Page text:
Zelle: September is Rail Safety Month
There's good news and bad news about what's happening with rail crossing safety in Minnesota.
The good news is that vehicle-train crashes at highway-rail grade level crossings declined over the past 10 years.
The bad news is that these incidents are far more likely to result in death or serious injury than other types of highway crashes.
Last year in Minnesota, six people died and 19 people were injured at highway-rail crossings. More than just statistics, these people are family members, friends, coworkers and neighbors whose lives were needlessly cut short and changed forever in one brief moment. The majority of these crashes were at crossings with active warning devices such as gates, bells and flashing lights. Unfortunately, there have already been 15 crashes in the first five months of 2017. Thankfully, there were no fatalities at public crossings, although five injuries were reported. These are preventable tragedies. This year, MnDOT is spending nearly $10 million to either update existing equipment or install new gates, flashing lights and circuitry on 36 crossings. Our partner, Minnesota Operation Lifesaver, spends countless hours raising public awareness about rail safety. This is a powerful partnership to address a serious problem, but we must now reach out to another critical partner: you. The top three contributing factors to crashes involve motorists:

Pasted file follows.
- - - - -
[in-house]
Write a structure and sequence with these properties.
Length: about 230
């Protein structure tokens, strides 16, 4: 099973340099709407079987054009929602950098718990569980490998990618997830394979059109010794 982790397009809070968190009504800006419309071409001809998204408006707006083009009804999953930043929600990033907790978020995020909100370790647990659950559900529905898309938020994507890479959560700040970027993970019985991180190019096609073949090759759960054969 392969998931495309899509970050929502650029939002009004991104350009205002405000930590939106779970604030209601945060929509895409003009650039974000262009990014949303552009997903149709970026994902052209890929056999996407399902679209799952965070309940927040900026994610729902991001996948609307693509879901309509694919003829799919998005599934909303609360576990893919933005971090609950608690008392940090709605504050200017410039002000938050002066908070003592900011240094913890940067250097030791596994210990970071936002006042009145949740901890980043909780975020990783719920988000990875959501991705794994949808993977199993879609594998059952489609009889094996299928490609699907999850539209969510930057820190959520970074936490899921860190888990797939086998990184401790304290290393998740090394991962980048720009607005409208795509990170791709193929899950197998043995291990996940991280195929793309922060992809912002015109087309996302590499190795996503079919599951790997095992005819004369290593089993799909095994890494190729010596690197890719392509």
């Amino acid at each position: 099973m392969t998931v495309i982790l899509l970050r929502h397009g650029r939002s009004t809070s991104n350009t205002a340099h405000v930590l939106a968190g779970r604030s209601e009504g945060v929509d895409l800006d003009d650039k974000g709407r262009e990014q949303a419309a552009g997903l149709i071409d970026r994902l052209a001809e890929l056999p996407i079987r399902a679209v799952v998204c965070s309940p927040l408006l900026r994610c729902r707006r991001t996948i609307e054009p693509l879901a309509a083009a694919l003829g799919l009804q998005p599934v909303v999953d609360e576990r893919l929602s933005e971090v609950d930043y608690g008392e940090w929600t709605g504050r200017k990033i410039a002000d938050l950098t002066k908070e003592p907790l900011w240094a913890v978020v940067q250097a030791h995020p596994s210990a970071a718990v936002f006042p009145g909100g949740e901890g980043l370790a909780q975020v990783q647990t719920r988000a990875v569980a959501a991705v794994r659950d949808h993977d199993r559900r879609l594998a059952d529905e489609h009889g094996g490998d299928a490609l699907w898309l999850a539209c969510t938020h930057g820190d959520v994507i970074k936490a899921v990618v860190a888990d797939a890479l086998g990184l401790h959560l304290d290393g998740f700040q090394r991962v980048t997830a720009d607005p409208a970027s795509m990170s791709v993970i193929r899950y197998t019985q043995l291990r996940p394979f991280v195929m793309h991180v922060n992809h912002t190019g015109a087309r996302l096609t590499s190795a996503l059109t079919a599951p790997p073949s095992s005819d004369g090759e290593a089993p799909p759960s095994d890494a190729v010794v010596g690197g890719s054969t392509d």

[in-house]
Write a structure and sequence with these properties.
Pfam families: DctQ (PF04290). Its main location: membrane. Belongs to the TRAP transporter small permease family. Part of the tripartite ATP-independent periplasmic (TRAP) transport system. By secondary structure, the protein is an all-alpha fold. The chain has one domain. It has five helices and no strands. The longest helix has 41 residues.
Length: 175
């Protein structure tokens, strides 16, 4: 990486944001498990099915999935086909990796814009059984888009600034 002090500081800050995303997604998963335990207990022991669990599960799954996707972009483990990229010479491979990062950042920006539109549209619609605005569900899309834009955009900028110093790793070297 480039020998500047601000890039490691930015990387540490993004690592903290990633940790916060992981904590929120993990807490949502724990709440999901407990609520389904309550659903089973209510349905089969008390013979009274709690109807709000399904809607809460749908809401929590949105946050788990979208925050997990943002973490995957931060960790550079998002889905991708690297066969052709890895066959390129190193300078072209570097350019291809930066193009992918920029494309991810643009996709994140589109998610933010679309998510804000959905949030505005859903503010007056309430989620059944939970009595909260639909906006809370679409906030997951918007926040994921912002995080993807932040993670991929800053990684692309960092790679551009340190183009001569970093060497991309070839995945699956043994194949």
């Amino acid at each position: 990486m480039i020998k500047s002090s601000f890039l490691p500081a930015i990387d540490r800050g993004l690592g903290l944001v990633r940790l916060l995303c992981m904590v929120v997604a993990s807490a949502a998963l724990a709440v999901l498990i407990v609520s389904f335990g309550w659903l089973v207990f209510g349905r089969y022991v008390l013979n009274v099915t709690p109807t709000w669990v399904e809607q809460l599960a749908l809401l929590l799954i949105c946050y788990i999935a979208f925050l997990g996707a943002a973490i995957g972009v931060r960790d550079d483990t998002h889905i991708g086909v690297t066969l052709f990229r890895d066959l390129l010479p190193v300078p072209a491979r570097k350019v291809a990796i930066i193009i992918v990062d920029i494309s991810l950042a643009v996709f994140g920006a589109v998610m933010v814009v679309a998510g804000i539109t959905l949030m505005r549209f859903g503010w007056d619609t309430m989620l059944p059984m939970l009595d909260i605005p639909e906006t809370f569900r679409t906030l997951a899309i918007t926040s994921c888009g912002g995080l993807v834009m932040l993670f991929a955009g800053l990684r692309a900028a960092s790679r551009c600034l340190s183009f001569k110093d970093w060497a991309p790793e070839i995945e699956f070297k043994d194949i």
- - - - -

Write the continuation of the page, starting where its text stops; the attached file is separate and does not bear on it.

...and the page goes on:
• Failing to yield right of way
• Disregarding traffic control devices
• Turning improperly
A train traveling 55 miles per hour takes a mile or more to stop. The force of a train hitting a car equals the force of a car crushing a can. These are sobering facts when you consider the human lives that are at stake.
September is Rail Safety Month in Minnesota and Minnesota Operation Lifesaver is coordinating events across the state to raise awareness and educate the public on how to drive and walk safely around rail crossings.
To eliminate needless rail-related deaths and injuries, we need your help. We all need to choose to obey all traffic control devices, including treating flashing signals as stop signs. We need to put safety first by not racing a train to the crossing, waiting patiently at the tracks until the train passes and never trespassing by walking on or near rail tracks.
If you have children or grandchildren, it's time to model appropriate safety behavior and talk to them about ways to stay safe around rail crossings.
Talk to them about distracted driving and walking, too, which we all know plays a heavy role these days in all types of crashes.
Together, through awareness and a commitment to making safe choices, we can reduce these tragic rail-related deaths and injuries in Minnesota to zero.
Zelle is Commissioner of the Minnesota Department of Transportation